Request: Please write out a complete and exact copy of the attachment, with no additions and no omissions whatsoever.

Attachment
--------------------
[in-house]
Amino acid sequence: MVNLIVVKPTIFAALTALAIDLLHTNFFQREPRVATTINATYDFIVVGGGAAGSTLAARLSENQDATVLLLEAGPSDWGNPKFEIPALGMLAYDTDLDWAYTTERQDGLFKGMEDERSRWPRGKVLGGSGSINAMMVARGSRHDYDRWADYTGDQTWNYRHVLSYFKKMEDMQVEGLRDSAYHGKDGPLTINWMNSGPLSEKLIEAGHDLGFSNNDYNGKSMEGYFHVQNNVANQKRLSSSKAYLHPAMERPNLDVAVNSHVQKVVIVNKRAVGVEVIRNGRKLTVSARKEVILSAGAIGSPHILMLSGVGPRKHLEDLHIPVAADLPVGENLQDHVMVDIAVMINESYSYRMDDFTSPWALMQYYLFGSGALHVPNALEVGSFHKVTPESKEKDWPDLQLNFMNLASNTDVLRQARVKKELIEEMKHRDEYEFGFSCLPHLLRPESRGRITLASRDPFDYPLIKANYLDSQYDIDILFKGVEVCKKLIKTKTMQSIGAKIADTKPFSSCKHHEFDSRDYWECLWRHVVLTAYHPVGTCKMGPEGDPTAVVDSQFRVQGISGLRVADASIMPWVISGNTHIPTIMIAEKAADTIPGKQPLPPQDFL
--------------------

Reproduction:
[in-house]
Amino acid sequence: MVNLIVVKPTIFAALTALAIDLLHTNFFQREPRVATTINATYDFIVVGGGAAGSTLAARLSENQDATVLLLEAGPSDWGNPKFEIPALGMLAYDTDLDWAYTTERQDGLFKGMEDERSRWPRGKVLGGSGSINAMMVARGSRHDYDRWADYTGDQTWNYRHVLSYFKKMEDMQVEGLRDSAYHGKDGPLTINWMNSGPLSEKLIEAGHDLGFSNNDYNGKSMEGYFHVQNNVANQKRLSSSKAYLHPAMERPNLDVAVNSHVQKVVIVNKRAVGVEVIRNGRKLTVSARKEVILSAGAIGSPHILMLSGVGPRKHLEDLHIPVAADLPVGENLQDHVMVDIAVMINESYSYRMDDFTSPWALMQYYLFGSGALHVPNALEVGSFHKVTPESKEKDWPDLQLNFMNLASNTDVLRQARVKKELIEEMKHRDEYEFGFSCLPHLLRPESRGRITLASRDPFDYPLIKANYLDSQYDIDILFKGVEVCKKLIKTKTMQSIGAKIADTKPFSSCKHHEFDSRDYWECLWRHVVLTAYHPVGTCKMGPEGDPTAVVDSQFRVQGISGLRVADASIMPWVISGNTHIPTIMIAEKAADTIPGKQPLPPQDFL